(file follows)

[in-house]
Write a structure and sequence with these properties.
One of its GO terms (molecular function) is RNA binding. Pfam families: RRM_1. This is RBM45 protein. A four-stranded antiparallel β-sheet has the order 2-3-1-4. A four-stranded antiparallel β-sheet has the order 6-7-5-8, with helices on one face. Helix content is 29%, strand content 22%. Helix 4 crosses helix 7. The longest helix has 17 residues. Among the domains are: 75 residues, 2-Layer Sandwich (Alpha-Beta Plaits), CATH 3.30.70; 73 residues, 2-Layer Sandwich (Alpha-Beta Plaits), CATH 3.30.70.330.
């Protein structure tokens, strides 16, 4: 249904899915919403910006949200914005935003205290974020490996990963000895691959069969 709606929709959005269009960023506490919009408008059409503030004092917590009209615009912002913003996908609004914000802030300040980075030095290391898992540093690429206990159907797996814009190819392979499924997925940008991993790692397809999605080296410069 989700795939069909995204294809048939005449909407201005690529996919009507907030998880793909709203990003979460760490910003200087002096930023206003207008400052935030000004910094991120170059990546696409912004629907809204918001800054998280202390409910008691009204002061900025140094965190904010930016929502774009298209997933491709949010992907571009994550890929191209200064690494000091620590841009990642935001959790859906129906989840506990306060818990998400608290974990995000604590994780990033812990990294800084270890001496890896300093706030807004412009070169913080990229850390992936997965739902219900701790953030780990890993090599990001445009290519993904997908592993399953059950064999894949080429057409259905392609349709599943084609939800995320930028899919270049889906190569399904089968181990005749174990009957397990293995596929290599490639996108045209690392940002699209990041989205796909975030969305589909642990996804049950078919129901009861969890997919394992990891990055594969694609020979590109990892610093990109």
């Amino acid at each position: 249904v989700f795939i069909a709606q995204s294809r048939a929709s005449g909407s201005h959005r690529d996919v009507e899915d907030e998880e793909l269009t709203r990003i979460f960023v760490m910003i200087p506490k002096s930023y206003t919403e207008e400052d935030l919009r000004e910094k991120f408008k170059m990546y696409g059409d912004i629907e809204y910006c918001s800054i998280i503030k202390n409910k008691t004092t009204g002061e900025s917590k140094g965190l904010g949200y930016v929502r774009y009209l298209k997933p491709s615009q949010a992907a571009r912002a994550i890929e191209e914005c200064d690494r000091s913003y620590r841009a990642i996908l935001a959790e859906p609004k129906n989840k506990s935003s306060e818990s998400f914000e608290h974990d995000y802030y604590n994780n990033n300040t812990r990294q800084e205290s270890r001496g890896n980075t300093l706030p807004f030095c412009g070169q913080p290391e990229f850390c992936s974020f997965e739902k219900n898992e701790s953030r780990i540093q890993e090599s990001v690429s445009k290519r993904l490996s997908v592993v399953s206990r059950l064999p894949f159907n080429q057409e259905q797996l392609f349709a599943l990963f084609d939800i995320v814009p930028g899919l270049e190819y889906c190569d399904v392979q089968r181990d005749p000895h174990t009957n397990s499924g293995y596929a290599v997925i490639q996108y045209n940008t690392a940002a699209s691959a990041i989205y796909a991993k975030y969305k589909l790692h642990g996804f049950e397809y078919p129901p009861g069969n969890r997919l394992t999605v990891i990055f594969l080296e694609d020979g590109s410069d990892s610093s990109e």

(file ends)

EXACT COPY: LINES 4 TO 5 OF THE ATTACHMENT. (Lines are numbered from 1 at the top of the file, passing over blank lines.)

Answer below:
């Protein structure tokens, strides 16, 4: 249904899915919403910006949200914005935003205290974020490996990963000895691959069969 709606929709959005269009960023506490919009408008059409503030004092917590009209615009912002913003996908609004914000802030300040980075030095290391898992540093690429206990159907797996814009190819392979499924997925940008991993790692397809999605080296410069 989700795939069909995204294809048939005449909407201005690529996919009507907030998880793909709203990003979460760490910003200087002096930023206003207008400052935030000004910094991120170059990546696409912004629907809204918001800054998280202390409910008691009204002061900025140094965190904010930016929502774009298209997933491709949010992907571009994550890929191209200064690494000091620590841009990642935001959790859906129906989840506990306060818990998400608290974990995000604590994780990033812990990294800084270890001496890896300093706030807004412009070169913080990229850390992936997965739902219900701790953030780990890993090599990001445009290519993904997908592993399953059950064999894949080429057409259905392609349709599943084609939800995320930028899919270049889906190569399904089968181990005749174990009957397990293995596929290599490639996108045209690392940002699209990041989205796909975030969305589909642990996804049950078919129901009861969890997919394992990891990055594969694609020979590109990892610093990109």
């Amino acid at each position: 249904v989700f795939i069909a709606q995204s294809r048939a929709s005449g909407s201005h959005r690529d996919v009507e899915d907030e998880e793909l269009t709203r990003i979460f960023v760490m910003i200087p506490k002096s930023y206003t919403e207008e400052d935030l919009r000004e910094k991120f408008k170059m990546y696409g059409d912004i629907e809204y910006c918001s800054i998280i503030k202390n409910k008691t004092t009204g002061e900025s917590k140094g965190l904010g949200y930016v929502r774009y009209l298209k997933p491709s615009q949010a992907a571009r912002a994550i890929e191209e914005c200064d690494r000091s913003y620590r841009a990642i996908l935001a959790e859906p609004k129906n989840k506990s935003s306060e818990s998400f914000e608290h974990d995000y802030y604590n994780n990033n300040t812990r990294q800084e205290s270890r001496g890896n980075t300093l706030p807004f030095c412009g070169q913080p290391e990229f850390c992936s974020f997965e739902k219900n898992e701790s953030r780990i540093q890993e090599s990001v690429s445009k290519r993904l490996s997908v592993v399953s206990r059950l064999p894949f159907n080429q057409e259905q797996l392609f349709a599943l990963f084609d939800i995320v814009p930028g899919l270049e190819y889906c190569d399904v392979q089968r181990d005749p000895h174990t009957n397990s499924g293995y596929a290599v997925i490639q996108y045209n940008t690392a940002a699209s691959a990041i989205y796909a991993k975030y969305k589909l790692h642990g996804f049950e397809y078919p129901p009861g069969n969890r997919l394992t999605v990891i990055f594969l080296e694609d020979g590109s410069d990892s610093s990109e």